Ready for in-person meetings, water cooler talks and lunch breaks with colleagues? Here are five tips to help you feel safer when returning to the office.
Our return to a new normal is in full motion. The first half of 2021 was filled with COVID vaccines, going mask-free outside, a decline in infection rates and new CDC guidance. All of this has many employers ready to bring workers back to their desks. But with herd immunity still out of reach and news about the delta variant, there are concerns about when and where to wear masks and how to enforce social distancing in the office.
Dr. Jennifer Womack, an internal medicine physician at Tryon Medical Partners Uptown, recommends that people take precautions and practice proper hygiene when getting back to work with colleagues. If you’re headed to your desk again, remember these five tips from the doctors at Tryon Medical Partners.
1. Get vaccinated
Tryon physicians are strongly recommending people get vaccinated wherever and however they can. Being fully vaccinated is the best way to protect yourself and others while reducing the spread of COVID-19. If you are high-risk or have a vulnerable family member at home, it’s a good time to talk with your physician about the vaccines and if you need a recommendation for extended remote work options.
“Some employers are requiring workers to get vaccinated against COVID-19 before returning to in-person work,” Dr. Womack says. “It’s important to know your company’s policy and how it affects you. If all employees are vaccinated, this might mean that your employer can ease up on some safety measures like allowing a fully vaccinated group to have an unmasked meeting.”
2. Wear a face mask
The CDC recommends that unvaccinated people wear masks in indoor public settings. Even for those who are vaccinated, masks are still required in some settings like doctor’s offices and airports. In addition, some office spaces are open concept with no physical boundaries, so Dr. Womck recommends continuing to wear a face mask, keep six feet of distance when possible and wash your hands often.
“If you have a personal office with a door, you can safely take off your mask while working at your desk,” Dr. Womack says. “But if you’re meeting with coworkers, it’s a good idea to put your face mask back on.”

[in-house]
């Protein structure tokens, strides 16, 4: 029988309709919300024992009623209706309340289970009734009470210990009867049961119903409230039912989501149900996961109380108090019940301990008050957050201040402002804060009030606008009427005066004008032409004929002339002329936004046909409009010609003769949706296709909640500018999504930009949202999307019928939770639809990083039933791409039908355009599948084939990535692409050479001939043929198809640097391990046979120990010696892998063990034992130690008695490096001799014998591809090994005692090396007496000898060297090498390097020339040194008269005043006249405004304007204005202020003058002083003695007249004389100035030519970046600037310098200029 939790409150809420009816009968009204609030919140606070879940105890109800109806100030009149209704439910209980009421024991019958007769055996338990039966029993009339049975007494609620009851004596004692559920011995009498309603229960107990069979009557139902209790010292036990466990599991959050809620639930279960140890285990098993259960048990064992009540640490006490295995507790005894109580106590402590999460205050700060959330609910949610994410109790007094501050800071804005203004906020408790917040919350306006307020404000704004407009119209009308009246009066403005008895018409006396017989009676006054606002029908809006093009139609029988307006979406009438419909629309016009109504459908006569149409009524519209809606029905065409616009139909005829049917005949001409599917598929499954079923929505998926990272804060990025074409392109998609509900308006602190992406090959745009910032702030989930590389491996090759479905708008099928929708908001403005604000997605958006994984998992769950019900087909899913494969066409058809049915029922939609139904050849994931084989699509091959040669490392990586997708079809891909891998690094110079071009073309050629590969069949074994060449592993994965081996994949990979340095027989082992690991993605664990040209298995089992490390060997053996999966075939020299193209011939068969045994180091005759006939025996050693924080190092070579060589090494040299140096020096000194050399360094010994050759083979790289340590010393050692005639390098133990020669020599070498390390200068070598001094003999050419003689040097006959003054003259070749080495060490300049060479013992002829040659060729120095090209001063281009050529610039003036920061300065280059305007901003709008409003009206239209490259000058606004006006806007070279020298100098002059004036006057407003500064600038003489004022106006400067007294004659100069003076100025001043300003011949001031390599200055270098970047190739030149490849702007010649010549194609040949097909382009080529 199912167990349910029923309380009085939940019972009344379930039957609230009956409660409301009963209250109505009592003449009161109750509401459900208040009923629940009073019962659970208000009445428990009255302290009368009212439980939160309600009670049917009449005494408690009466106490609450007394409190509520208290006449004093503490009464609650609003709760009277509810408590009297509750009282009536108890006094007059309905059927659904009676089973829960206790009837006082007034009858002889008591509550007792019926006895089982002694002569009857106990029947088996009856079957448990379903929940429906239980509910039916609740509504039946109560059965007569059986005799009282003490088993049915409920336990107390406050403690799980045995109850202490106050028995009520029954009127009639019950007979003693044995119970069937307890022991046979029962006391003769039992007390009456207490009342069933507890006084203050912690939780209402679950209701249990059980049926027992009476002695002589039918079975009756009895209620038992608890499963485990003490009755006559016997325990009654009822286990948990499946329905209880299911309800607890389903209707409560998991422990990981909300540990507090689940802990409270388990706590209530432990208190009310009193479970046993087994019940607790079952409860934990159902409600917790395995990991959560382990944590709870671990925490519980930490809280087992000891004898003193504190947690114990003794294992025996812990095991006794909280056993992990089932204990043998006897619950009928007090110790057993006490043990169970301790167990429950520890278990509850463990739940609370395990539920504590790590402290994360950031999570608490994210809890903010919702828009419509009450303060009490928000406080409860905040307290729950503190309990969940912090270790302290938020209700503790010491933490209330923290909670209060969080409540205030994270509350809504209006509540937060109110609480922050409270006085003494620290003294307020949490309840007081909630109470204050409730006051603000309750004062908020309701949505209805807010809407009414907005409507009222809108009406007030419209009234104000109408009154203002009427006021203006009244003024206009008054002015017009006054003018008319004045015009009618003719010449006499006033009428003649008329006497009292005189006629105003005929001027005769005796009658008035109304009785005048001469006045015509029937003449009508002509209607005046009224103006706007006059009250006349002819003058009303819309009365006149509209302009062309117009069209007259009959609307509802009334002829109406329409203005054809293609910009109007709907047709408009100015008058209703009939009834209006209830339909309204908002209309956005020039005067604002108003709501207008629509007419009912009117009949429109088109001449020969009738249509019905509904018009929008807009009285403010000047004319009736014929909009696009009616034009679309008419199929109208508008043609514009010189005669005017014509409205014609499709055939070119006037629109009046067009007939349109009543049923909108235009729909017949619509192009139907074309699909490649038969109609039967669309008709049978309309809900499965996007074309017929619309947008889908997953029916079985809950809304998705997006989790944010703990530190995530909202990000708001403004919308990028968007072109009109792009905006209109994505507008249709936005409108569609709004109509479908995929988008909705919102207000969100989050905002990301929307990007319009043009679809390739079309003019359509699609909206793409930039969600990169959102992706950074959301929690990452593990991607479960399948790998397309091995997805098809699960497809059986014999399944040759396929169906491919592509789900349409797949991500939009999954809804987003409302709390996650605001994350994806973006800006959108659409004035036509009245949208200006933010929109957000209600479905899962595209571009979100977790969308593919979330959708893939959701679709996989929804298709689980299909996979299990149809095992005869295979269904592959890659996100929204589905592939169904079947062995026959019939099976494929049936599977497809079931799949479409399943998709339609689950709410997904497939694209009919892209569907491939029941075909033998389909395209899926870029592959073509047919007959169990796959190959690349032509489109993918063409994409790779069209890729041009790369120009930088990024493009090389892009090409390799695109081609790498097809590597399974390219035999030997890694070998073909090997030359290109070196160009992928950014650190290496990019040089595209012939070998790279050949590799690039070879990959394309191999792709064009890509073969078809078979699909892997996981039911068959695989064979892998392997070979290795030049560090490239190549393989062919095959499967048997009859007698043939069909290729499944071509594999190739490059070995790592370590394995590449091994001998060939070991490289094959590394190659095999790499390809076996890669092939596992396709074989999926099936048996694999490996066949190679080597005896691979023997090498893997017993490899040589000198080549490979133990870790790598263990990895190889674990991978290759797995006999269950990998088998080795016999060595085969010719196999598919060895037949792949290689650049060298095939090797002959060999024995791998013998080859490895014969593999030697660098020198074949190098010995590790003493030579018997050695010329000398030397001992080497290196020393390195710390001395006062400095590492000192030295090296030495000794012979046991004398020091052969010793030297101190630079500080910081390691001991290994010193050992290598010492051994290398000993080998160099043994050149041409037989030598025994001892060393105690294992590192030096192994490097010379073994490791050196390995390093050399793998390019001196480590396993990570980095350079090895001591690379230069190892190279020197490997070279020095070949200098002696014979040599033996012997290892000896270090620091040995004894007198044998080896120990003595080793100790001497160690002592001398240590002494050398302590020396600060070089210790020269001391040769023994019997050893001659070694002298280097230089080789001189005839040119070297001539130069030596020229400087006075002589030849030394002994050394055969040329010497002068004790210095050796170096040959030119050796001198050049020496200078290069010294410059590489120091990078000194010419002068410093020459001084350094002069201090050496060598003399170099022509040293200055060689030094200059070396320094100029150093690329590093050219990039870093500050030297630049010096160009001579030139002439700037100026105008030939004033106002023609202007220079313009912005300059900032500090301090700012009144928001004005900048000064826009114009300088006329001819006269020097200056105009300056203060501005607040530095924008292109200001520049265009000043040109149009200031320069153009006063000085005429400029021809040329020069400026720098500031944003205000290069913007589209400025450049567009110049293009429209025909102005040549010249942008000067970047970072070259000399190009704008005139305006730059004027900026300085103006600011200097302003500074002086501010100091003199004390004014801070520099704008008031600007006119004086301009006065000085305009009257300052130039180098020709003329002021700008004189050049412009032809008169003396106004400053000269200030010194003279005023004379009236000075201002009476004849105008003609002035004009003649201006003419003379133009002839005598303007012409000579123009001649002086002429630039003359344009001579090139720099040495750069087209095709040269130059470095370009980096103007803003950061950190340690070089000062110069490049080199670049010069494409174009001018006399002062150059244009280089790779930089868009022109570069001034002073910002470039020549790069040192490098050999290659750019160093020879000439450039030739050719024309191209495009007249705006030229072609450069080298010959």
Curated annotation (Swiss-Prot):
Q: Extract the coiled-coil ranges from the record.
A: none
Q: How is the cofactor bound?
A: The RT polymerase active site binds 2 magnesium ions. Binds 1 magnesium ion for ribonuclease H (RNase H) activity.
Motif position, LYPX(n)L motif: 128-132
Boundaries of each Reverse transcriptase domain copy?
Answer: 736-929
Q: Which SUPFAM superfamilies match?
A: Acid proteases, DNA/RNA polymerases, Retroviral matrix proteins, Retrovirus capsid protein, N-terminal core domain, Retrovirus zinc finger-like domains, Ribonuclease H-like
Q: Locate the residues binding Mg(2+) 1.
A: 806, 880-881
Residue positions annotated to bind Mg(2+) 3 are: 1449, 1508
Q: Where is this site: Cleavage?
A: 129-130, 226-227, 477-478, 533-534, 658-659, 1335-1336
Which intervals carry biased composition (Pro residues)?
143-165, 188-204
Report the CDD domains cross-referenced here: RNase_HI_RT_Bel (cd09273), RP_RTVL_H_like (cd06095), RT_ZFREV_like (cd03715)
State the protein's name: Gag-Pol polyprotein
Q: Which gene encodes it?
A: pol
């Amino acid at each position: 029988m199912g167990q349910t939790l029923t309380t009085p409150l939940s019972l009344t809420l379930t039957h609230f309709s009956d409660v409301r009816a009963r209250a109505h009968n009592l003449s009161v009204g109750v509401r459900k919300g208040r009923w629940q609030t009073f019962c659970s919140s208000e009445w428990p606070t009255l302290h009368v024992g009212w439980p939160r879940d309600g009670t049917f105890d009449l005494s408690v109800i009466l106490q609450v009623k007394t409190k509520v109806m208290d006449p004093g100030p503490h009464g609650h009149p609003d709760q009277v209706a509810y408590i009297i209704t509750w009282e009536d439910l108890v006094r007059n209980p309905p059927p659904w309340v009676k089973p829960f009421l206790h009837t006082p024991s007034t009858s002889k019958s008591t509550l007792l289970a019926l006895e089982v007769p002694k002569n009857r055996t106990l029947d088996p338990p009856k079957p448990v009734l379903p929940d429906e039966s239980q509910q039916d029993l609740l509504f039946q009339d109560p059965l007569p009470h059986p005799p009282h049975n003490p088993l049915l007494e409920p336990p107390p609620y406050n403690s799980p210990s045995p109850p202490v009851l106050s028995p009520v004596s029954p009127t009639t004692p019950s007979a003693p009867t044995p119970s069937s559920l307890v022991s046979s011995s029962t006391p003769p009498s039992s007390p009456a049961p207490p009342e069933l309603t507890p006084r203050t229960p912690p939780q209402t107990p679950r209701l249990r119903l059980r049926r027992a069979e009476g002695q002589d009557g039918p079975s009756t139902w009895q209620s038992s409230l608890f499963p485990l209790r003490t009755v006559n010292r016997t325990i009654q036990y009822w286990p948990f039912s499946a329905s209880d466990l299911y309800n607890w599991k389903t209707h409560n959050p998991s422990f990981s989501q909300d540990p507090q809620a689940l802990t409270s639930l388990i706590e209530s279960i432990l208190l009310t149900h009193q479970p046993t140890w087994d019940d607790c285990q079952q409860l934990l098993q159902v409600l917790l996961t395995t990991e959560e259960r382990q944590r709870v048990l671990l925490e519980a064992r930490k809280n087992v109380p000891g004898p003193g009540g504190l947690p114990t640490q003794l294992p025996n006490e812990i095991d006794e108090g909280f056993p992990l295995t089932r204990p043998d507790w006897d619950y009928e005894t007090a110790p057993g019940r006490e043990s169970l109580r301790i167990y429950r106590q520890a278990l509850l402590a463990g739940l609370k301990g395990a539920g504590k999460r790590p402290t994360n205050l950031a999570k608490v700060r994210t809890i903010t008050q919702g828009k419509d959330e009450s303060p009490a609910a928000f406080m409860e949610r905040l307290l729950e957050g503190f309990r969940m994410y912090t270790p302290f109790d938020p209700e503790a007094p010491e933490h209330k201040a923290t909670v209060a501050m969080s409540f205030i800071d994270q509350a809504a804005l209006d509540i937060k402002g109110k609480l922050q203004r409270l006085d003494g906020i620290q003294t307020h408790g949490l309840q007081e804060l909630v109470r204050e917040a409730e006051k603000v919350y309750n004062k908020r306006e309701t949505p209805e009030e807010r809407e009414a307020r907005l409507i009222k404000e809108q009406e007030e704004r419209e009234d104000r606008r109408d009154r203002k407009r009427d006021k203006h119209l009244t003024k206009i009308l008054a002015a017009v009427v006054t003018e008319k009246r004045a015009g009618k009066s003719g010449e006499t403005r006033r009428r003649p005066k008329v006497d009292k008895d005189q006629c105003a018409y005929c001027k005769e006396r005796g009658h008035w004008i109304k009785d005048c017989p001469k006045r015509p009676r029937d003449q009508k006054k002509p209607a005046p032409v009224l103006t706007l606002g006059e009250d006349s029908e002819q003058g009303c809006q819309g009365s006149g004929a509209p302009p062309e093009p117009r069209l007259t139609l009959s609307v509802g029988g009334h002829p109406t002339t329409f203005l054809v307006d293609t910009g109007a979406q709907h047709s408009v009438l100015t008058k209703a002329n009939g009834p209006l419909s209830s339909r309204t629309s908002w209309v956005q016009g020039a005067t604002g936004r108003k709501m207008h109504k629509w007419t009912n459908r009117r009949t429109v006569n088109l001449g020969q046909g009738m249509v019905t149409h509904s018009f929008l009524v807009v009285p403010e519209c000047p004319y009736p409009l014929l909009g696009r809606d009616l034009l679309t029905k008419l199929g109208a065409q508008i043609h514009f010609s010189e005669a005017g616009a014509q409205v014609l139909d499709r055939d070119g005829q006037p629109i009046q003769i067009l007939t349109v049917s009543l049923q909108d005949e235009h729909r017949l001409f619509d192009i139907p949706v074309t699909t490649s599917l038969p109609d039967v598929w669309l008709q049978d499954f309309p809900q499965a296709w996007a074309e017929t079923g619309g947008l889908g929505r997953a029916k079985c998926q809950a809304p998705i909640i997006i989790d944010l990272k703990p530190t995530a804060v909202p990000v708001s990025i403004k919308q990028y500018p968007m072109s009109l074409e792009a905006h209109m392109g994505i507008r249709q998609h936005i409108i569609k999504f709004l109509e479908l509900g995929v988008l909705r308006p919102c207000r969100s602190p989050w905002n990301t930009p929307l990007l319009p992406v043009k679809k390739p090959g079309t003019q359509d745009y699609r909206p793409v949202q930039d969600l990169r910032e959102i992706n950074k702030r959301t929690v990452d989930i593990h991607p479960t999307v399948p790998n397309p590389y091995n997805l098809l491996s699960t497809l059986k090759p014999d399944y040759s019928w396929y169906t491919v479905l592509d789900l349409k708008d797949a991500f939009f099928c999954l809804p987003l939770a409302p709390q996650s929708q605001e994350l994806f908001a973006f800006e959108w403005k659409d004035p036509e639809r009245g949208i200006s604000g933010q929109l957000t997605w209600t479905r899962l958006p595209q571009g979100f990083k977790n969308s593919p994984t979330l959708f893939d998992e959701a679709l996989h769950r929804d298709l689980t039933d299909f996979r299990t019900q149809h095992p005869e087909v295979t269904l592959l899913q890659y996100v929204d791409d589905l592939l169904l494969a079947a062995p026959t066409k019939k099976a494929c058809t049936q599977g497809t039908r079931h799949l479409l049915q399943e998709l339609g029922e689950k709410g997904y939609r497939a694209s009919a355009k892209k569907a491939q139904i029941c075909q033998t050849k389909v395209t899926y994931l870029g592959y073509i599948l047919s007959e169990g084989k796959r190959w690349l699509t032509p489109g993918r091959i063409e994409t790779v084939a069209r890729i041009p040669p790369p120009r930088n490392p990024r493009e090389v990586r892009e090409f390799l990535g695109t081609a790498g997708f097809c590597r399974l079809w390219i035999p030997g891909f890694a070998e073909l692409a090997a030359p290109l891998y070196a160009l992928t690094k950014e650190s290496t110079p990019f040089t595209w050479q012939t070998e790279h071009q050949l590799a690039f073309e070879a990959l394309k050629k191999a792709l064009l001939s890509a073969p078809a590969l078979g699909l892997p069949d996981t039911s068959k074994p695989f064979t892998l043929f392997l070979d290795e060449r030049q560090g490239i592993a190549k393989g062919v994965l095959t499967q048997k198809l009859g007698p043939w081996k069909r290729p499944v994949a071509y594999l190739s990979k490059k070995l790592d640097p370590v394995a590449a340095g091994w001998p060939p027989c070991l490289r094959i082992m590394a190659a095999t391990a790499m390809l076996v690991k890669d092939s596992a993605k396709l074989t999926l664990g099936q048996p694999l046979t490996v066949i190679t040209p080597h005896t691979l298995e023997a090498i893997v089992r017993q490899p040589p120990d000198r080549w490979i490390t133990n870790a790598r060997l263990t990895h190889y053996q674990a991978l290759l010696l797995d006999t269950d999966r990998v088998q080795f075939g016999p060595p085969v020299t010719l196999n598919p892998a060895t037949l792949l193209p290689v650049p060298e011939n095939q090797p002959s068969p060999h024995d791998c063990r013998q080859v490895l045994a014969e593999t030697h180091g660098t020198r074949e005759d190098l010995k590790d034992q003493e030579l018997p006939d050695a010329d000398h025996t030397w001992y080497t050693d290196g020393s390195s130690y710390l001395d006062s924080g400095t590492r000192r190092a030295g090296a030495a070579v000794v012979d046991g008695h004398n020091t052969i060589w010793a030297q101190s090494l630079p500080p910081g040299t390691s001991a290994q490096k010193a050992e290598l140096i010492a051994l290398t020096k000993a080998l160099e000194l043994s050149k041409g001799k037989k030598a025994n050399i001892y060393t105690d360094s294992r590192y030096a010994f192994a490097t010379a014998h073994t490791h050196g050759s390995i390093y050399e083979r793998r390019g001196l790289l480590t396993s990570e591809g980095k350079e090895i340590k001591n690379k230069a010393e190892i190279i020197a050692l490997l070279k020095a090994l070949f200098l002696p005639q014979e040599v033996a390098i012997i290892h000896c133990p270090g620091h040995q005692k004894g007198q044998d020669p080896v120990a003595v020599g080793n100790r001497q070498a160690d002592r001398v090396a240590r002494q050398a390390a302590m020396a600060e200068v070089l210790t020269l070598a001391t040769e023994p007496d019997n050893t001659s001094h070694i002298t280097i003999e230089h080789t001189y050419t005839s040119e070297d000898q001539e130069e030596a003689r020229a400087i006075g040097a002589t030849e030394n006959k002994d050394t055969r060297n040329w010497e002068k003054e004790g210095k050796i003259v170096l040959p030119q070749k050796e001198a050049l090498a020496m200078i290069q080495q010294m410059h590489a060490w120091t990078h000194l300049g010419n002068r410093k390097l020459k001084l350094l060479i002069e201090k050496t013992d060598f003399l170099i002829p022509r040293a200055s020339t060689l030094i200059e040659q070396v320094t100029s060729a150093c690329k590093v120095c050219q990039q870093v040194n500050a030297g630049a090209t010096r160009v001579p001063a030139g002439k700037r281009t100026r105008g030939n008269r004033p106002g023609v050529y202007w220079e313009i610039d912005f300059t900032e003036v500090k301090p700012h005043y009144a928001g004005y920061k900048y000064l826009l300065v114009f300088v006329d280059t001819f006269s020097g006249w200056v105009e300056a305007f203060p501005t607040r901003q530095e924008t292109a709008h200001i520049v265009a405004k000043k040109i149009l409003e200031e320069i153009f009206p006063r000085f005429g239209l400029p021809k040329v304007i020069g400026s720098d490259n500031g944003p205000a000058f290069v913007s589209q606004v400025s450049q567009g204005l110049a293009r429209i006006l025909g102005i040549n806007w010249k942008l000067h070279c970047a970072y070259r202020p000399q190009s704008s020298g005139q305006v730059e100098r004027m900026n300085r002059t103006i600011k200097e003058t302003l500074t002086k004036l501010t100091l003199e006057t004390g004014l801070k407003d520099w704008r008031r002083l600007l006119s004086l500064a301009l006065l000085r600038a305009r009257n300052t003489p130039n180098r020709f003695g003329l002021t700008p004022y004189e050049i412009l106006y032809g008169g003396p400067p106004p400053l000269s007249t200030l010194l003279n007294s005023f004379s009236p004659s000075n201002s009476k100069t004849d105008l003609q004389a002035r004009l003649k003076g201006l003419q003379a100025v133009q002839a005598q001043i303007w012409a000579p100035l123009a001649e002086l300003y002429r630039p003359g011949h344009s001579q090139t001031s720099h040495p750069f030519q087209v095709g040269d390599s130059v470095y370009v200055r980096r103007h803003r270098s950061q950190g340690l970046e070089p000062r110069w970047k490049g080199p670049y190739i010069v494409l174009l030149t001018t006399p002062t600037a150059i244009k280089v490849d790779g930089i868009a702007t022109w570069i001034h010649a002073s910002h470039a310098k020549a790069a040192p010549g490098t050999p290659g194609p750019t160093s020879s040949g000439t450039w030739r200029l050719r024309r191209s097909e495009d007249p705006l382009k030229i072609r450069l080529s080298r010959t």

3. Know your employer’s cleaning plan
Employers have been working on plans for cleaning and sanitizing office spaces in anticipation of this return. It’s important to understand their policy and how they will maintain sanitization of the break room, kitchen, shared workstations and restrooms.
“I’m recommending that people toss an extra pack of sanitizing wipes into their work bag,” Dr. Womack says. “It’s important to wipe down those shared workspaces and high-touch surfaces, like the computer keyboard and mouse, before settling in.”
4. Understand the company travel policy
Most employers have created COVID-related travel policies that limit domestic and international travel. Even though the CDC says fully vaccinated people are permitted to travel, it’s best to double check the details before you lock in that out-of-office message.
“Be mindful of where and how you vacation,” Dr. Womack says. “A drive to a beach house is very different from a trip to Las Vegas. It would be a good idea to work remotely right after vacation to avoid transmitting the virus to coworkers should symptoms appear.”
5. If you have symptoms, get tested
If you start to experience symptoms, get tested and if results are positive for COVID-19, stay at home and away from others for the recommended 10-day time frame. If you’re unsure about your symptoms, talk with your trusted physician, who will recommend the best testing method and closest testing site.
As return to work unfolds, we should remember to practice patience and understanding. Lifestyles vary, and we don’t know who’s fully vaccinated or has a vulnerable family member at home. We must remain cautious and continue to practice safety measures in public settings for everyone’s benefit. If you have concerns about returning to work, contact your Tryon doctor for an appointment either in person or virtually.